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  • Emerging Writer's Contest Winner Nonfiction

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In nonfiction, our winner is Jung Hae Chae for her story "Pojangmacha People."

Of her essay, nonfiction judge Leslie Jamison said, "A searing lyric built of sweat and salt and sorrow, hot soup and deep shame—an ode to the elderly drunk men seeking solace in the "tiny domed cathedral" of every drinking hut along the highway, and to all the women who have spent their lives caring for them. It's an essay full of pain and grace, both fruits of its uncompromising close attention."

Jung Hae Chae's work has appeared or is forthcoming in AGNI, Calyx Journal, Crab Orchard Review, Third Coast, and elsewhere. Her creative nonfiction has been anthologized in the 2019 Pushcart Prize XLIII: Best of the Small Presses.

When did you first realize you wanted to be a writer?

I don't know that I've ever arrived at such a realization. As long as I can remember, though, I've always had a deep love and respect for words, their sounds and shapes, how they come together sometimes in unexpected ways to mean something very particular, precisely. I grew up with stories and myths, and sometimes miracles happened around me. As a quiet, almost mute, kid who was left alone a lot, I relied on my imagination and those stories, both within and without, to feel less lonely and more grounded. Then, when my family immigrated to the US from South Korea, I gained a whole new language to describe and understand my (troubled) interior, and how it came to be affected by my chaotic exterior reflected in my family's (tangled) history. I felt as though I'd been given this powerful, new lexicon to express my situation, to engage with an audience that wouldn't otherwise have [End Page 204] access to such alien landscapes, whether documented or imagined. Like the American Dream, the English language is a language of possibilities, in that its contours are constantly shifting, its borders ever-widening; it's rewarding in the way that a well-earned ending of a poem feels rewarding. Writing in it is both a pleasure and a privilege.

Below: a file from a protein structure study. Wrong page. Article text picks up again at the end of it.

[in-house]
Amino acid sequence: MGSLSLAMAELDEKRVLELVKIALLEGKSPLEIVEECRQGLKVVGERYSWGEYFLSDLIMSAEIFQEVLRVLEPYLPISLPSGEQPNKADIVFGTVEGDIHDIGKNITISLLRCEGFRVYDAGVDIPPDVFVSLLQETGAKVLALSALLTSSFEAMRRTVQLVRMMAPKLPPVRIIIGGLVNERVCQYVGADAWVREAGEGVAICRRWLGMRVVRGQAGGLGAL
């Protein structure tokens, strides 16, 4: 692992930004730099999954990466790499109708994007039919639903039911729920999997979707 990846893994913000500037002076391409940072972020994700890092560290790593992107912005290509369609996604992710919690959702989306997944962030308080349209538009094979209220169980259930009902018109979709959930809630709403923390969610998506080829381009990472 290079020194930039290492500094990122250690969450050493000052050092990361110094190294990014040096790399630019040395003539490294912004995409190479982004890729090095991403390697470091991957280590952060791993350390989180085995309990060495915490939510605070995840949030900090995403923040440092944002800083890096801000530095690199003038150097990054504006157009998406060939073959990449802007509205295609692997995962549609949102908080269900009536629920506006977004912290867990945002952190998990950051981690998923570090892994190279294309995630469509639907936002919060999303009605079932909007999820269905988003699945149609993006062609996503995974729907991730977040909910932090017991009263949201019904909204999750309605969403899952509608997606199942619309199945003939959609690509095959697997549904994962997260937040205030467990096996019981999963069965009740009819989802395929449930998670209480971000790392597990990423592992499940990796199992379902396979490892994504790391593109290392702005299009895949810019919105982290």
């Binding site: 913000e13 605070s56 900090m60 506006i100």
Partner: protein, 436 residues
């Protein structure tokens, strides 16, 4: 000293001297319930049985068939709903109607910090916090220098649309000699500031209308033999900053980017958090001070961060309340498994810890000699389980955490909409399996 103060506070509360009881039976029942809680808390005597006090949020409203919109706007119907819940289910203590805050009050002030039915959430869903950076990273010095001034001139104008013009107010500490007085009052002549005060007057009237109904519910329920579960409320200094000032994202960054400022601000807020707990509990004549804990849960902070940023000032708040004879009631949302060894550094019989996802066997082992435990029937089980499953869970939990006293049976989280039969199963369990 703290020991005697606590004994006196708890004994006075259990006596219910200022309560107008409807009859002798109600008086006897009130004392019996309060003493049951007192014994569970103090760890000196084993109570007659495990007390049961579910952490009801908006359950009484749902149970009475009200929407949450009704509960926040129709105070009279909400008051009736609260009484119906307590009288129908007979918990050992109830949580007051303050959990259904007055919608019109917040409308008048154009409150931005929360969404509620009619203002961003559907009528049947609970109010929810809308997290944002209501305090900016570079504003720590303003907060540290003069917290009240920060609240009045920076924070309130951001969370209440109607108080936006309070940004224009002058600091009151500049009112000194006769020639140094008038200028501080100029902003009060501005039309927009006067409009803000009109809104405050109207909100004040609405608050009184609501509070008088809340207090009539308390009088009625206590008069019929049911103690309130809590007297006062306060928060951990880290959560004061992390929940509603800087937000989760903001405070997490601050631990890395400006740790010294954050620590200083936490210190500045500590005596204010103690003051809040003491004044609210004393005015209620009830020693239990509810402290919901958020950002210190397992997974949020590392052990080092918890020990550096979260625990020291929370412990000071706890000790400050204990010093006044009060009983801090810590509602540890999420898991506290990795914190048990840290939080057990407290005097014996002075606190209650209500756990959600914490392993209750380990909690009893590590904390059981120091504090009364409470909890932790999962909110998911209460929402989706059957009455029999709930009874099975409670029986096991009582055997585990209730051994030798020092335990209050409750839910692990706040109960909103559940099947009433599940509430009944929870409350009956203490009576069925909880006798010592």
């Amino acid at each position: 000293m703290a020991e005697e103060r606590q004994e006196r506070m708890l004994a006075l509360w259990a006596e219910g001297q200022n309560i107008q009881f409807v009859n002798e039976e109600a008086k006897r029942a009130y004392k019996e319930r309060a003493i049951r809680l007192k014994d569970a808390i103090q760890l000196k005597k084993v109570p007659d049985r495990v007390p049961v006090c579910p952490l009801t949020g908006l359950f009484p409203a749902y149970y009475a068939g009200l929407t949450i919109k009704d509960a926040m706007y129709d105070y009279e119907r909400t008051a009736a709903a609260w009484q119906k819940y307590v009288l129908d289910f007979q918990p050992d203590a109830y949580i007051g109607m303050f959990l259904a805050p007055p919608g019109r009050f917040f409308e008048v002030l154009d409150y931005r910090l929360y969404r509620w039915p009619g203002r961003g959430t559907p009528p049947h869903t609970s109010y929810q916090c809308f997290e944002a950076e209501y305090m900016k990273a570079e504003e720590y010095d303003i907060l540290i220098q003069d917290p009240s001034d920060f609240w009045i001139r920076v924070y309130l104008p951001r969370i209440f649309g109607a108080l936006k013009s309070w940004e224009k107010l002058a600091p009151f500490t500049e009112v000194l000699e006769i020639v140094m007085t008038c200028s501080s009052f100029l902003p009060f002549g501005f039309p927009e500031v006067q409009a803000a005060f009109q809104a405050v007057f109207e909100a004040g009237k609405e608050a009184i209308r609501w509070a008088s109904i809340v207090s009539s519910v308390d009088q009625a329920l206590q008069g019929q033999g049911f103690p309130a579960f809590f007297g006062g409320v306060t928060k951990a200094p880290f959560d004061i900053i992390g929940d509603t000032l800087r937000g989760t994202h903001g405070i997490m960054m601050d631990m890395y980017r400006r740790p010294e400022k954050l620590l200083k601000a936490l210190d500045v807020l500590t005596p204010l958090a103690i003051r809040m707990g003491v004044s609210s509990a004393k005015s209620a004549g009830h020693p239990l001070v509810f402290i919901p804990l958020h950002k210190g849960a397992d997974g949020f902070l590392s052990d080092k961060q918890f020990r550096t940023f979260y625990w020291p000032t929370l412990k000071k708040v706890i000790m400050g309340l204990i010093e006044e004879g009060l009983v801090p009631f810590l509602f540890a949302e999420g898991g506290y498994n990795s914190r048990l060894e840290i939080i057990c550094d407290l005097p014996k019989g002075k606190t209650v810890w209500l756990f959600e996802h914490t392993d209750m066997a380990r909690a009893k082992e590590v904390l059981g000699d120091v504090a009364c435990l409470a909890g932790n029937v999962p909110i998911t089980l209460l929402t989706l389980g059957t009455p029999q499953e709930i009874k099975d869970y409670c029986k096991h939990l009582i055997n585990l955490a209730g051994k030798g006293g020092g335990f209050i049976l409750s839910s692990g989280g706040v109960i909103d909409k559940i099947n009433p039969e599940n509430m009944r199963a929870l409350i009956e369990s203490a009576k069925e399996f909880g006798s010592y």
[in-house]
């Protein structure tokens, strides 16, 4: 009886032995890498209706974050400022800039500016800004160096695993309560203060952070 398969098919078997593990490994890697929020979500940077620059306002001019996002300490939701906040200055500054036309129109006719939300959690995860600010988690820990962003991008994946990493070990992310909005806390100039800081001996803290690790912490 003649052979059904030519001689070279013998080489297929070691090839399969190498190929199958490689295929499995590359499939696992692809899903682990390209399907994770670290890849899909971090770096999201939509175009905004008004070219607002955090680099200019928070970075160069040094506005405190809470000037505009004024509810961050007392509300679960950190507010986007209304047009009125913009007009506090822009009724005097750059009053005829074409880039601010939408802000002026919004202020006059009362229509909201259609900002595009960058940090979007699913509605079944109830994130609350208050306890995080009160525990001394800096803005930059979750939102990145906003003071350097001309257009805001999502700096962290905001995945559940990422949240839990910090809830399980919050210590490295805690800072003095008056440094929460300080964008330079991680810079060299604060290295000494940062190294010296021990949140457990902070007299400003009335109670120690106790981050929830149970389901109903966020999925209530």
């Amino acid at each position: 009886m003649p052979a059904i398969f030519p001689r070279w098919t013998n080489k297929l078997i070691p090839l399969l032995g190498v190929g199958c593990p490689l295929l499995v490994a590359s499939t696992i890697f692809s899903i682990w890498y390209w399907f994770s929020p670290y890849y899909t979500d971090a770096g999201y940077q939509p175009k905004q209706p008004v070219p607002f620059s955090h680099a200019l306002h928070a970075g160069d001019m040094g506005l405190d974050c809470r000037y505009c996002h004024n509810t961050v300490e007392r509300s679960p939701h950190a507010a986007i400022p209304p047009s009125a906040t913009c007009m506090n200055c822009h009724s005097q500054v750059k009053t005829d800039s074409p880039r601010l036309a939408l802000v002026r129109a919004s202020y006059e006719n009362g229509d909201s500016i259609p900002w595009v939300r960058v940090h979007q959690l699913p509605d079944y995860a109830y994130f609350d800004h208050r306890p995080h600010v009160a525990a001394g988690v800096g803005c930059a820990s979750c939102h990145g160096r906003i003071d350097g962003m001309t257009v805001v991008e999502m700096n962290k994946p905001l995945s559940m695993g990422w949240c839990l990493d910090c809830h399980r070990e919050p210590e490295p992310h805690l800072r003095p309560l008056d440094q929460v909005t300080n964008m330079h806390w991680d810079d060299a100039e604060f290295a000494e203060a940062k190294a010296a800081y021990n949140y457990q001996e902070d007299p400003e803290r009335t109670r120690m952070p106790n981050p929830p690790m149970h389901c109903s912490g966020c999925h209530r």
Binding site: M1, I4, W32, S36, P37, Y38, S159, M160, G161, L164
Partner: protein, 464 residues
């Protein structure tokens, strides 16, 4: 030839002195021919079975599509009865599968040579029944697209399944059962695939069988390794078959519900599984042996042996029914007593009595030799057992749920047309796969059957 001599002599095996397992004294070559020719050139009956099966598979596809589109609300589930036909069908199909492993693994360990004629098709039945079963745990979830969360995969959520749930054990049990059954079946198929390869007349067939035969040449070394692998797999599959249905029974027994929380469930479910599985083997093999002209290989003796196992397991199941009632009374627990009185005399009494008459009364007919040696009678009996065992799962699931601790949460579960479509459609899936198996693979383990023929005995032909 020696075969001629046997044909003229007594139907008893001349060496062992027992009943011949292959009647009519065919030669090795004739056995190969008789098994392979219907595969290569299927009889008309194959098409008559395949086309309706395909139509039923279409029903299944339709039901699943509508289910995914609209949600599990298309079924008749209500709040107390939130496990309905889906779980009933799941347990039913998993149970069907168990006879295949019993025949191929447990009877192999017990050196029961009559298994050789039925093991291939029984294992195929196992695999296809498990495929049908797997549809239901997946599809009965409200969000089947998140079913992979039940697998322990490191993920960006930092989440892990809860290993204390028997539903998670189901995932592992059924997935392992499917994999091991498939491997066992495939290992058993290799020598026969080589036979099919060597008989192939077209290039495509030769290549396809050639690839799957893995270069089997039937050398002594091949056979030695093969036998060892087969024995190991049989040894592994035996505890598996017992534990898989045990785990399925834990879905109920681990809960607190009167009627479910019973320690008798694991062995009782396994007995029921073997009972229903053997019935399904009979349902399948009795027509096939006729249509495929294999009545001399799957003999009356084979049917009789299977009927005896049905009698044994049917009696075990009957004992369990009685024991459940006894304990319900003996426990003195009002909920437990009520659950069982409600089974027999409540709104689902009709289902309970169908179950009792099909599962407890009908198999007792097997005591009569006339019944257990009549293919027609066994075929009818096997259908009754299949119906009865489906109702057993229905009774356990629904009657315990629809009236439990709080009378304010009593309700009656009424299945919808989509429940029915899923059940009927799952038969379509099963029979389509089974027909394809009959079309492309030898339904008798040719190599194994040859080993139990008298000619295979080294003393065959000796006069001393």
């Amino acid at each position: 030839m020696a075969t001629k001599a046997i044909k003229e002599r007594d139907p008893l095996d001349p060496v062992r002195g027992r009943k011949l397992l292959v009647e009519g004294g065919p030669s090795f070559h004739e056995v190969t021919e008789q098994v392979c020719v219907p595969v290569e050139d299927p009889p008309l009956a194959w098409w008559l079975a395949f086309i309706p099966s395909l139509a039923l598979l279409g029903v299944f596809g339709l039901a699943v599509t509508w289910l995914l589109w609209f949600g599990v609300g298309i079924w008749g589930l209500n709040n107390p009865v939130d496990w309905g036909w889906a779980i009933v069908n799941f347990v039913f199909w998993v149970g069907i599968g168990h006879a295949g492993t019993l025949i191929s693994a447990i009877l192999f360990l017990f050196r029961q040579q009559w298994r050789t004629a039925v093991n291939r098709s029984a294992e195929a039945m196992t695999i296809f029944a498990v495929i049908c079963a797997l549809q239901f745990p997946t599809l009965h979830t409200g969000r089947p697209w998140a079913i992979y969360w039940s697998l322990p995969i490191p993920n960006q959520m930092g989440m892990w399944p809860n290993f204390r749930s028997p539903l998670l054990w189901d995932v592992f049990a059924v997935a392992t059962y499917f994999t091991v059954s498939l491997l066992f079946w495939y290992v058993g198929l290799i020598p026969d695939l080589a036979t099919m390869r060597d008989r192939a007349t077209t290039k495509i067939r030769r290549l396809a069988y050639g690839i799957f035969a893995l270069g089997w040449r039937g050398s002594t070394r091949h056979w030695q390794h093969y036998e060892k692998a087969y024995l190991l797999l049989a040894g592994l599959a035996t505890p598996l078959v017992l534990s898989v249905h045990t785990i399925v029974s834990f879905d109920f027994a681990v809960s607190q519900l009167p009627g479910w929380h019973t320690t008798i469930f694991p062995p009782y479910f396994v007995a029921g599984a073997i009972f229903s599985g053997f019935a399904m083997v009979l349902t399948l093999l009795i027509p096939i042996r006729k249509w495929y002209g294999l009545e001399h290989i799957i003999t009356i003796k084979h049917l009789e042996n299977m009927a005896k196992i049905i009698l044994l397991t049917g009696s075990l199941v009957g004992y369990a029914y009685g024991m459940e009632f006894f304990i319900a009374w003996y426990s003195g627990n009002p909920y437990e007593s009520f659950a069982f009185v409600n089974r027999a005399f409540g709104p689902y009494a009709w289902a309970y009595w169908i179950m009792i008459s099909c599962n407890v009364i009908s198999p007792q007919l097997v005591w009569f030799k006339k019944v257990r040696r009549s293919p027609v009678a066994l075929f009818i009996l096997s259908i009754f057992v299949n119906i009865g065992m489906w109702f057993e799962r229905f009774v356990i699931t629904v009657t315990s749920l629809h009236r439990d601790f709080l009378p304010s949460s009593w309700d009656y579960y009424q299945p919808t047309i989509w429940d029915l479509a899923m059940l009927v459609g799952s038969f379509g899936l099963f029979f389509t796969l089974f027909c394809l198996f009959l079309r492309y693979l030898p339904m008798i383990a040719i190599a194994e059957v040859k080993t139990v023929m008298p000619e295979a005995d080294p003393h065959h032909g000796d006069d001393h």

What is your writing process like?

I'm a bit embarrassed to answer this question because if I were being honest, I would say that I lack any process that truly works. Instead, I will say that my process reflects my personality: slow-brewing, detail-mongering, perfection-seeking, but mostly just slow. Everything takes so much time and care, sometimes, most times, unnecessarily. Alas, life.

What inspired "Pojangmacha People"?

"Pojangmacha People" started out as a poem ten years ago when I was working on my MFA in poetry. Its first line, "I'm thinking of the sad old men I knew," had been on the tip of my tongue for a long time before then. After I finally put it down on paper, it soon became a catalyst for recalling all kinds of memories that had been stored away intact in the innermost layer of my gut—han, the Korean word for deep lament that defines the soul of the Korean people—that had lived with me my whole life. Pojangmacha, the tiny drinking hut(s) littered along every street corner in South Korea during the 1970s (and even now), this national emblem, became for me a metaphor for depicting the hardened lives borne out by the men and women in my family and the home we left behind. In writing it, I wanted to forgive my own hardness toward the (failed) men in my life and pay tribute to the women who have since passed on—my grandmother and my mother, in particular—the two muses whose sturdy souls haunt me incessantly, but who guide me into the light always. They helped me finish this essay, finally.

Who are you reading? And who informs your work?

I've been weaned on poetry, but lately I've been reading more prose and some memoir as well. I like works that live between poetry and prose, [End Page 205] or stories that are told in the language of the subconscious and...

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Additional Information

ISSN
2162-0903
Print ISSN
0048-4474
Pages
pp. 204-207
Launched on MUSE
2020-01-14
Open Access
No
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